Should Employers Still Test for Marijuana?

By Paul Gaita 08/02/19

Critics are pushing back against the testing because of the amount of time THC can stay in the system after being ingested.

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employer holding a drug-testing cup
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A recent feature on CNBC posits a question that has grown in relevance over the past few years, and is likely to continue to grow in the months to come: as more states and districts legalize marijuana for medical and recreational use, should businesses continue to use drug testing for THC to determine whether a prospective employee should be hired?

CNBC noted the disparity between employees – both current and future – that drink alcohol after work or the day before a job interview and those who use cannabis for medical or recreational purposes. 

The former, if tested, shows no sign of impairment when tested the following day, but the cannabis user will present positive signs for THC up to 30 days. For some employers, the positive test would bar them from hiring that individual or keeping them on the payroll. But as rates of marijuana positivity in test results on the rise, should testing remain a deciding factor in hiring or employment?

The CNBC feature quotes data culled by Quest Diagnostics, which found that positives for drugs in all areas of the workforce, including federally mandated, "safety-sensitive" jobs reached a 14-year high of 4.4%, which is 25% higher than the 30-year low of 3.5% noted between 2010 and 2012.

When factored into other recent statistics – the increase in the number of states that have legalized cannabis (currently, 11 states and Washington DC) and the lowest US unemployment rate in 49 years (3.7% in July 2019) –  CNBC  queried whether it was not only fair but also financially responsible to weed out potential employees due to cannabis use.

Marijuana Advocates Chime In

Marijuana advocates certainly don't agree. "An employer can basically refuse to hire you or discipline you for a positive THC in your blood, even if you're a lawful medical marijuana patient using lawfully under state law," said Tama Todd, vice-chair of the California Cannabis Advisory Committee, and a lecturer on marijuana law and policy at Berkeley Law.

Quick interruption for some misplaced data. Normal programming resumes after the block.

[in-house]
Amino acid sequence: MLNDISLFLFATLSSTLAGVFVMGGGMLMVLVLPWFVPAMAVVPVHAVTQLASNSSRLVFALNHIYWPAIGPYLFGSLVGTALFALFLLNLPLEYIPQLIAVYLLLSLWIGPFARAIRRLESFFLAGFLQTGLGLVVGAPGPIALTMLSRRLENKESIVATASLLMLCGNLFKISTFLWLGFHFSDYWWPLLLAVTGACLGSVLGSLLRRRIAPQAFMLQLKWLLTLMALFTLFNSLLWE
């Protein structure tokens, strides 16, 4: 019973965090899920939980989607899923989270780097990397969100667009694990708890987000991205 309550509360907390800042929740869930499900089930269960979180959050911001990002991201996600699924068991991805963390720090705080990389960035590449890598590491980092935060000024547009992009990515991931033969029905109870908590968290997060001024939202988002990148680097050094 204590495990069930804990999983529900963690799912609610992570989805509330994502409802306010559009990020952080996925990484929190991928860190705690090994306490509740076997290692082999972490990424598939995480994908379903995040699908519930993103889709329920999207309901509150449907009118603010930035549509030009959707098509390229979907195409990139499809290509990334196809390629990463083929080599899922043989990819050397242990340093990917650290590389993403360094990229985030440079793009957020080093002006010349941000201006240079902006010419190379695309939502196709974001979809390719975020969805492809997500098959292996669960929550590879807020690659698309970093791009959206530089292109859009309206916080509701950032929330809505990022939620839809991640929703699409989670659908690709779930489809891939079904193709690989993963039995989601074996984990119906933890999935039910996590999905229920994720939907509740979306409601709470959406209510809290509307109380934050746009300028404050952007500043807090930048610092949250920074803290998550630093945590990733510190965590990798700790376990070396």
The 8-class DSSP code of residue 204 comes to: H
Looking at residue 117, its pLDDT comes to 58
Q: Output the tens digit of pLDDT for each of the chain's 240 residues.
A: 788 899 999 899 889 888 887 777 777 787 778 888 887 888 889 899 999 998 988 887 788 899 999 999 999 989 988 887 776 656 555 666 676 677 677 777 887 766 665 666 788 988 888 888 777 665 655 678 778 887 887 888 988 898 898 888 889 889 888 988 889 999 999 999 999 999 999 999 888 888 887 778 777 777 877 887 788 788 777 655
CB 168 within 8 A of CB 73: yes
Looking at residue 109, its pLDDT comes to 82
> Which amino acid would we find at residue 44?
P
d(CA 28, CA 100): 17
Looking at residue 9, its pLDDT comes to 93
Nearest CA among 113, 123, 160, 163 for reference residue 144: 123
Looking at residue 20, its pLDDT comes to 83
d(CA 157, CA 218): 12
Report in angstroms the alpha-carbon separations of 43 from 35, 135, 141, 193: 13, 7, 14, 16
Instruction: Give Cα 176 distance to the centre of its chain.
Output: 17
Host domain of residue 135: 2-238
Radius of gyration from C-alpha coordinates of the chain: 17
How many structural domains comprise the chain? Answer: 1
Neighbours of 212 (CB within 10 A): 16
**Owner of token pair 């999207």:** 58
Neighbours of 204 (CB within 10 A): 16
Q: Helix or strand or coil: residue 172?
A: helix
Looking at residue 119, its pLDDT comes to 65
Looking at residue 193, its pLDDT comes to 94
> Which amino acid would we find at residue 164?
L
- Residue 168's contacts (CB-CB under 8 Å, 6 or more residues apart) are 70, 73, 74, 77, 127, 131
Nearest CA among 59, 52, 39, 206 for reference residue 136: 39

"The test of whether you have THC in your system is unrelated to whether you're impaired at the time. It shows positive even if you used marijuana a week, two weeks ago. It's basically like a morality test," said Todd.

CNBC also noted that Nevada, Maine and New York City have all passed laws that prevent employers from refusing to hire a person due to a positive test for THC, and a number of companies have either removed marijuana from their drug test panels or are in the process of changing their policies in regard to drug testing. "The labor pool is so tight that they feel like drug testing is going to prevent them from being able to staff adequately, so they don't drug test at all," said Judi Braswell, vice president of business development at Behavioral Health Systems.

As Todd told CNBC, more companies will follow suit. "Once the idea of legalization and people lawfully using marijuana becomes more normalized in people's minds, it'll lead to, 'Oh, it's sort of like alcohol. And why would we discipline or not hire a qualified candidate because they engaged in lawful activity off duty?'"

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Paul Gaita lives in Los Angeles. He has contributed to the Los Angeles Times, Variety, LA Weekly, Amazon.com and The Los Angeles Beat, among many other publications and websites. 

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